Deadly clashes have erupted in border towns across Venezuela as opposition activists try to bring aid into the country across government blockades.
Troops have fired tear gas and rubber bullets at protesters. There have been reports of some security force members abandoning their posts and defecting.
President Nicolás Maduro has partially closed the country's borders to try to stop the aid being delivered.
Opposition leader Juan Guaidó is behind the foreign aid's collection.
He declared himself interim president last month and vowed that the deliveries, which include food and medicine, would enter Venezuela on Saturday with the help of volunteers.
On social media he praised his supporters for their "unprecedented heroism" in trying to help get the supplies in against the wishes of the government.
Meanwhile, President Maduro has said he has broken off diplomatic relations with Colombia over its role in events.
At least two people are reported to have been shot dead in Saturday's clashes near the country's border with Brazil. Another two were killed close by on Friday.
Amnesty International has described the use of firearms against protesters as a serious human rights violation, and a crime under international law.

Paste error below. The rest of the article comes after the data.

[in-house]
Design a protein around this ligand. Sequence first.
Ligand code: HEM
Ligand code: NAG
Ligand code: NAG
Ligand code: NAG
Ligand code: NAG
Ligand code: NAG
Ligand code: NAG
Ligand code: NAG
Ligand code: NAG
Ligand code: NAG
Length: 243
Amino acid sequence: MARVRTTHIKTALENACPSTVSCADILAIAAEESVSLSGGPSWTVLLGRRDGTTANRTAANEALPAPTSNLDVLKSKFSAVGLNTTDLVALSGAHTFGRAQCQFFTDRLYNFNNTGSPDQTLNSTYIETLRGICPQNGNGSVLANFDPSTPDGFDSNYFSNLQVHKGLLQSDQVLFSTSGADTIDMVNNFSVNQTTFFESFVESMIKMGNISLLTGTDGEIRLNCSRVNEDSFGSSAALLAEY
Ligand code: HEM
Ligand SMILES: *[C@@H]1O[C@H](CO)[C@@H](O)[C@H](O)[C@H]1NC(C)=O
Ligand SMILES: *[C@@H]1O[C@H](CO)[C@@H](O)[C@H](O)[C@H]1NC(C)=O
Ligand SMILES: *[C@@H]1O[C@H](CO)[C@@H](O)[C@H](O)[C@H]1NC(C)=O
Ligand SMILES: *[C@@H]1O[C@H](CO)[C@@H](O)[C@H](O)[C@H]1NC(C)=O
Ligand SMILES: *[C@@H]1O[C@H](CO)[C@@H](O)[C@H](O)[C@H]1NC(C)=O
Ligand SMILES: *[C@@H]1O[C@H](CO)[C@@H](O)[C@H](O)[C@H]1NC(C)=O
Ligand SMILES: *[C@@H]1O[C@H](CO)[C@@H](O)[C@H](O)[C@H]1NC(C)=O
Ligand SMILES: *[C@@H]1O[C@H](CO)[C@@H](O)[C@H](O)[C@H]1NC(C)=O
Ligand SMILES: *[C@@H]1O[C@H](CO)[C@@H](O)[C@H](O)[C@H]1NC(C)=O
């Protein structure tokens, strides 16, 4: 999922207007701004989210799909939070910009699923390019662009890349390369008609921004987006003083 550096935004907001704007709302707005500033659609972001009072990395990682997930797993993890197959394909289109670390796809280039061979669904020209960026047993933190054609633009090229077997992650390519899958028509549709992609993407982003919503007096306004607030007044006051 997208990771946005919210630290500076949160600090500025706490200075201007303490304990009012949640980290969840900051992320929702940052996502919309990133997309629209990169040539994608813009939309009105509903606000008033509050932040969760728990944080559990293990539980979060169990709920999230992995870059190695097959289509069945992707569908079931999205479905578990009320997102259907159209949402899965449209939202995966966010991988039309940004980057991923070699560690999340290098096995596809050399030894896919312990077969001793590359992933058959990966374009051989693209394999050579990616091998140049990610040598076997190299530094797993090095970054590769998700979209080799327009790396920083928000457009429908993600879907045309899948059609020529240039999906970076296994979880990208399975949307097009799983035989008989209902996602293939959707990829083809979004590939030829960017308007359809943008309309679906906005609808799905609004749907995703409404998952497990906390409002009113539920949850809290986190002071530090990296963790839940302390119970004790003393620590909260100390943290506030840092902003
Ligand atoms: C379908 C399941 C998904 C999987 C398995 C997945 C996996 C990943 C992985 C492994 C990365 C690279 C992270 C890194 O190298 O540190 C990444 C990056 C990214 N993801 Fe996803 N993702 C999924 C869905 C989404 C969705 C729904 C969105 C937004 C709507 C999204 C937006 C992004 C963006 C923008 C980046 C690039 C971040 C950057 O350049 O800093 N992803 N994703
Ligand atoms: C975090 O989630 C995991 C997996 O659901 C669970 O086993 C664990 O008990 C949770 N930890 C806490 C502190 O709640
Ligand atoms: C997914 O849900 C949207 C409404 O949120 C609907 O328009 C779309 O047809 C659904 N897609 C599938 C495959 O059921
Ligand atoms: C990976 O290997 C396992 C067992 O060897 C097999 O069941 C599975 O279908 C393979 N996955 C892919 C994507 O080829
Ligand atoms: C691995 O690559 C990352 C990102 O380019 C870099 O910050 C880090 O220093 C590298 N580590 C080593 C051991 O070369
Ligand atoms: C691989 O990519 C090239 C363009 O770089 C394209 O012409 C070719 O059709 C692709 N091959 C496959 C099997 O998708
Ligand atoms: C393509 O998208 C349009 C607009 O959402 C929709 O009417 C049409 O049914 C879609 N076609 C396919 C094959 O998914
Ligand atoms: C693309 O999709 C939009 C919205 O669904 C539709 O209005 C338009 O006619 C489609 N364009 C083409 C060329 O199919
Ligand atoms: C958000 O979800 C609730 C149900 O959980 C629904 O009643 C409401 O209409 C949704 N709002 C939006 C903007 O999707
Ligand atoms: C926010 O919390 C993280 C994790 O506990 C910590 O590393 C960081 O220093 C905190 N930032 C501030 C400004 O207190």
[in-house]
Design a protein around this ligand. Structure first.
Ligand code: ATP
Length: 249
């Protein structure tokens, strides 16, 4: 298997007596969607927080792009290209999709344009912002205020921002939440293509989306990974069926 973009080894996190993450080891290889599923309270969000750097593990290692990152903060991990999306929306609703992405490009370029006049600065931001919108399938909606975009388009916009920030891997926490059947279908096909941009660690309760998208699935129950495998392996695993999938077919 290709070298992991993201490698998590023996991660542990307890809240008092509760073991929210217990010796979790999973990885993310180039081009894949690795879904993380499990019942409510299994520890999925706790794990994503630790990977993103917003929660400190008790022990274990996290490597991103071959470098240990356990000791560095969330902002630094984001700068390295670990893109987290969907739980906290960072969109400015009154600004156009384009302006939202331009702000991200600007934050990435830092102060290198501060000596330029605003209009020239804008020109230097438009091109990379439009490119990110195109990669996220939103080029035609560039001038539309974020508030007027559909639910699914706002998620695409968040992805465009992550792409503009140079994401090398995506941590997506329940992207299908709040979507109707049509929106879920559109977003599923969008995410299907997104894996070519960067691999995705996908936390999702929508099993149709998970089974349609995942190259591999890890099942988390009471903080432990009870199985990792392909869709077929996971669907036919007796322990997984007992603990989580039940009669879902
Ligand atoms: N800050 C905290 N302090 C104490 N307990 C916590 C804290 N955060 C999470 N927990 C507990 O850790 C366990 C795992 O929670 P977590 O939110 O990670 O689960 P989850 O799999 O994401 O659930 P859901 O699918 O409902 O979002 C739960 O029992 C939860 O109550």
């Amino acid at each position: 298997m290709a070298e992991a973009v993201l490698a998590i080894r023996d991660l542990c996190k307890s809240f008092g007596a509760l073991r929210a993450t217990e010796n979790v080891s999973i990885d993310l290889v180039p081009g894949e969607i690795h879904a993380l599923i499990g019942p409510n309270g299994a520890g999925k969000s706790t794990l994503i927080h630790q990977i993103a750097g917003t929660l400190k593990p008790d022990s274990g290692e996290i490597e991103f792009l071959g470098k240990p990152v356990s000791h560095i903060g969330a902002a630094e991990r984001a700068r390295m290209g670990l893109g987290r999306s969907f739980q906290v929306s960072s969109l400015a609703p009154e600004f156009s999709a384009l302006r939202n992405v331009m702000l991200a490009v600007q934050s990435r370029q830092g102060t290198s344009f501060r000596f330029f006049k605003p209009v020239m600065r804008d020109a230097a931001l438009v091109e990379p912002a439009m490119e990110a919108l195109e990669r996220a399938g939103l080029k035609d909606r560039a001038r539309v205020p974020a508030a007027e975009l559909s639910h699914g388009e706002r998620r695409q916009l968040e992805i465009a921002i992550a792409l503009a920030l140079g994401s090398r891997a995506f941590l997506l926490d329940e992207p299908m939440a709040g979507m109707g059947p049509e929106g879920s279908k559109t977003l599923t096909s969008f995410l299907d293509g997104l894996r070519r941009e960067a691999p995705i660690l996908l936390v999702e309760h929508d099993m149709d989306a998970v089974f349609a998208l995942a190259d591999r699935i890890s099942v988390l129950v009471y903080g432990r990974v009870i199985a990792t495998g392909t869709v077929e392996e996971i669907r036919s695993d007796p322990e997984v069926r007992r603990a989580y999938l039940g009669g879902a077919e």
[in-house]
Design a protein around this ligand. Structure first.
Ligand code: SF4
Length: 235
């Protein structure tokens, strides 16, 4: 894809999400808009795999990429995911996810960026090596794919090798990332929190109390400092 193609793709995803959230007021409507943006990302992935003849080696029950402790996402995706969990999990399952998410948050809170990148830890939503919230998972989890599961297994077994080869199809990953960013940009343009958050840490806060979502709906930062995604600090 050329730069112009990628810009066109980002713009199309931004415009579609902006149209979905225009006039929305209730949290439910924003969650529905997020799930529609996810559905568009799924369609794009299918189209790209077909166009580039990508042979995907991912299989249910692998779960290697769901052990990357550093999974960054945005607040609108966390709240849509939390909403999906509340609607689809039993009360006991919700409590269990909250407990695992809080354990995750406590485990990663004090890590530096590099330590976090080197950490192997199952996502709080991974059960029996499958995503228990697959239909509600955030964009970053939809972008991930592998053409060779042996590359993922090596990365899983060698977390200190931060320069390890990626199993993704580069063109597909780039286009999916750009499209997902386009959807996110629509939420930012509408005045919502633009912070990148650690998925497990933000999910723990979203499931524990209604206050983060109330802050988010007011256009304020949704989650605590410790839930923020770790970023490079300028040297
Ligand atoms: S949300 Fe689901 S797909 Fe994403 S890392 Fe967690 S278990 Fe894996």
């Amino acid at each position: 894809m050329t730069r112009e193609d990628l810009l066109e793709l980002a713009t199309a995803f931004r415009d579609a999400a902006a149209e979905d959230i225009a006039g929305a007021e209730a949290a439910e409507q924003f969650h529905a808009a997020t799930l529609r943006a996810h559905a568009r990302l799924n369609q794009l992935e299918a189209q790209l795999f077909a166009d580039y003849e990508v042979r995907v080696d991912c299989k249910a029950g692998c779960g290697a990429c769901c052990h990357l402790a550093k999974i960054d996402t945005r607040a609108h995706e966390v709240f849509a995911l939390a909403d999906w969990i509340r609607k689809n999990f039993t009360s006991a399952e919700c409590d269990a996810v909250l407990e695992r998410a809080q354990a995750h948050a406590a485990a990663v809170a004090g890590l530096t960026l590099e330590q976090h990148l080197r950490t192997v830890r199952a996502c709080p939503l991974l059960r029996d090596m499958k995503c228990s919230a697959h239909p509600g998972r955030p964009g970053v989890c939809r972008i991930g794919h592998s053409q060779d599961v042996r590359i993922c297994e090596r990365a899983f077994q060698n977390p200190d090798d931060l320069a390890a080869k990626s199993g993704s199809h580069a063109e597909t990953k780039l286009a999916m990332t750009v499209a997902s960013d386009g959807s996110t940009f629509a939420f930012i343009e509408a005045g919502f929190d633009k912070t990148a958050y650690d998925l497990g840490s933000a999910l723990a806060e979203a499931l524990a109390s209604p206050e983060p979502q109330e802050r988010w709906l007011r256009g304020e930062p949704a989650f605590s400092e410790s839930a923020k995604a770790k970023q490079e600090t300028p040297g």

At about 18:00 local time (23:00 GMT) Colombia's government estimated the number of injured at border crossings to be about 300.
Journalists at the scene have reported severe injuries, including several protesters losing eyes.
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Pictures at various crossing points show security forces firing tear gas at volunteers and protesters burning outposts and throwing stones at soldiers and riot police.
Local media report people jumping the barricades to cross the border, while opposition MPs have posted defiant messages on social media denouncing the use of force.
There have also been reports of several aid trucks being burned - something Mr Guaidó says violates international law.
Mr Guaidó visited the Tienditas bridge on the Colombian side of the border, where he was accompanied by the country's president, Iván Duque.
"Welcome to the right side of history", he told soldiers who had abandoned their posts, adding that soldiers who joined them would be guaranteed "amnesty."
At least 60 soldiers had defected by late Saturday, according to Colombia's migration service. Most of the military still appears to be loyal to President Maduro.
"We are fathers and sons, we have had enough of so much uncertainty and injustice," they say in the clip.
President Maduro himself tweeted that "there will not be a war", posting pictures of cheering crowds at a rally he held in Caracas.
"Take your hands off Venezuela, Donald Trump", he told crowds, accusing the US president of using the aid as a means to invading the country.